Swoo wasn’t always trying to impress me with his music selections. One of the last nights I spent with him, when I was shacking up at his apartment in Knoxville for a couple days last April, we were preparing for a night out and he was blaring this classic as he hopped in the shower. I had heard of the track, but was not privy to its excellence until Swoo’s introduction. When I proceeded to make the move to Florida immediately thereafter, I rode around enjoying the palm trees, warm ocean breeze, and new world I had entered bumping some Souls of Mischief and appreciating the Diesel for his perfect taste.
As Your Ghost Takes Flight. Saves the Day.
Swoo was a master of many genres, but his knowledge of Emo was just untouchable. Now, I had loved Saves the Day since Sophomore year of college, but missing in my catalog was this track, one of the band’s finest. Upon finding this out, a confounded Swoo immediately demanded that I bump that shit immediately. I had just moved down to Florida, and after being berated via text for a few minutes, I obliged. One of the big tracks that helped my transition to Fort Lauderdale and the Emo song that will always make me think of Swoo.
Fuckin Problems. A$AP Rocky.
One of Swoo’s best traits was that he was an equal opportunity music lover. Fucking loved everything and was on top of all the good new shit light years before everything else. See: Fuckin’ Problems, which Swoo was drunkenly raving about to me one night in the fall of 2012 as he bitched about this traitorous chick he had just started dating and informed me that he had busted out the perfect new rap jam at her party to call her out for being a shitty human being. Yes, weeks before anyone else would be blasting this soon-inescapable song, there was Swoo educating minds and getting back at his girl by blaring this track at a party full of blown-away undergrads who were lucky enough to be in the presence of the Diesel unleashed.
Heavy Days. JEFF The Brotherhood.
Swoo had introduced me to Nashville punk legends JEFF the Brotherhood a few years before the Spring of 2013, and I spent the latter half of my law school career being a fan of the group. But the game changed when he first bumped “Heavy Days” for me, during one of my last days staying with him before my move to Florida. “Heavy Days” is one of the quintessential punk songs, off one of the quintessential punk albums, of the rejuvenated Nashville rock scene, and it applied perfectly to my move down to Florida. “We’re catching some rays, we’re gonna go down to the Beach. Sometimes it’s nice to get away, it’s gonna be a heavy day.” Hell right. JtB was total Swoo music, and I band I completely adopted because of his introduction. Listening to "Heavy Days" is like hearing the musical embodiment of Swoo. The song's slow-burn buildup, perfect sense of timing and execution, primal rawness, and lyrical homages to friendship and partying with friends are all total Swoo. Throw in the fact that Swoo is friends with the guys from JtB, who hail from his hometown, and this is Swoo as a four-minute Dirty South punk anthem. I still listen to this album every day here in Fort Lauderdale, and the memory of my boy is always there.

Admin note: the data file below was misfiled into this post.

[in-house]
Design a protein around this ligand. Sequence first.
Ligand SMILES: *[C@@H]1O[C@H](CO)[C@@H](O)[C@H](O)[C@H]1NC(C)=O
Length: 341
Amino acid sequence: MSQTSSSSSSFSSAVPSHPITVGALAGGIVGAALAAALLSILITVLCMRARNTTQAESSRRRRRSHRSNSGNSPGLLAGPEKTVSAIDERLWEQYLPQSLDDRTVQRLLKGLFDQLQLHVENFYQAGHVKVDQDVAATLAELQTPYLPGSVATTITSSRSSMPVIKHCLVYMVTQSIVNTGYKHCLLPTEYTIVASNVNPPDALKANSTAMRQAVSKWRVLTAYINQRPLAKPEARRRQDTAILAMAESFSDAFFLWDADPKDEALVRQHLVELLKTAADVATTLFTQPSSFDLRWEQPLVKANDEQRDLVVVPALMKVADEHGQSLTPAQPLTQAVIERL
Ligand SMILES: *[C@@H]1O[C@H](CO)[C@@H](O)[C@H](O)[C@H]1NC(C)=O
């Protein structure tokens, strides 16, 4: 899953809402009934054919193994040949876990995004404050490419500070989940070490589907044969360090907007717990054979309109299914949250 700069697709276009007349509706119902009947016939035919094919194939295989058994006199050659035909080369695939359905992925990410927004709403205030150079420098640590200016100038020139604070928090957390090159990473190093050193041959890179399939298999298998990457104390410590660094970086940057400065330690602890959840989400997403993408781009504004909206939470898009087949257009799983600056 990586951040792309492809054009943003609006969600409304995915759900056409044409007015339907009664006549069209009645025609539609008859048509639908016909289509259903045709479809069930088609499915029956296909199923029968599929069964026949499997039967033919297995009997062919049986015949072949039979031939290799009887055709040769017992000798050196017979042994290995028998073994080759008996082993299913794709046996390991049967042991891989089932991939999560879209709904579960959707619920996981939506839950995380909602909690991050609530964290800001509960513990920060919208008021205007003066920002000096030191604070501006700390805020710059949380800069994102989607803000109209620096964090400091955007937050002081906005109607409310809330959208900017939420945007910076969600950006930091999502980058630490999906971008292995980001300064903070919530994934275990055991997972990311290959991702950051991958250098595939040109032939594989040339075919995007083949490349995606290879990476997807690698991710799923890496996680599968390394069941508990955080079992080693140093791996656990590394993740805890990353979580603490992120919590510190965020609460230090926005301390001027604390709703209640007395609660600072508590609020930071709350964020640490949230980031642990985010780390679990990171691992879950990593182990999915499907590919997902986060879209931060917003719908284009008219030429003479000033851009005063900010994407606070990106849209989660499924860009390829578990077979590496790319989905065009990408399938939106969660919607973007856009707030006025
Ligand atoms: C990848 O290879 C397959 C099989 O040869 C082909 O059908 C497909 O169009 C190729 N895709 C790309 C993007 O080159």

The Nights of Wine and Roses. Japandroids.
A special song in my relationship with Swoo for a number of reasons. First, because Japandroids and Celebration Rock were the first and only great rock band and album (aside from Talking Heads when he was pledging Freshman year) that I introduced Swoo to that he absolutely fell in love with. This was like finding the Holy Grail for me, that night of the jam session in September 2012, when I stood dumbfounded as he told me, no, he had never listened to Japandroids. I proceeded to bump this, the opening track off Celebration Rock. "The Nights of Wine and Roses" is a tune that perfectly encapsulated our friendship, which had been predicated on hard partying with friends in our college days, but had also developed into a deep mutual trust and bond between one another. Swoo was blown away, enamored with the track. That was worth a lot to me, being able to get him into some great new music. Repaying the favor, finally. Only like a thousand more of these scenarios and we could have been even.
A Pillar of Salt. The Thermals.
The number one track that Swoo and I would jam together. Along with our buddy Paul “The People’s Champ” Mercer, we would bust out this 2-minute cry of freedom, love, and rebellion in my room at the Pike House sophomore year with total abandon. Over the intervening years, whenever a late night jam session with Swoo and I would ensue, we would return to this track. "A Pillar of Salt" is a song about the relentless desire for a better world, a better of life. An acknowledgement of one's failings and the system around you, but more importantly, the unwavering will and drive to make life better for oneself and the ones you love. To "wipe a pillar of salt." This will always be the anthem for my boy. Swoo, you didn't think you were special, sir. You knew everybody was. This one's for you.
R.I.P. Josh Sanders-Wooley 1987-2014.Interpol Clipse Joy Division Diarrhea Planet Souls of Mischief Saves the Day A$AP Rocky JEFF the Brotherhood Japandroids The Thermals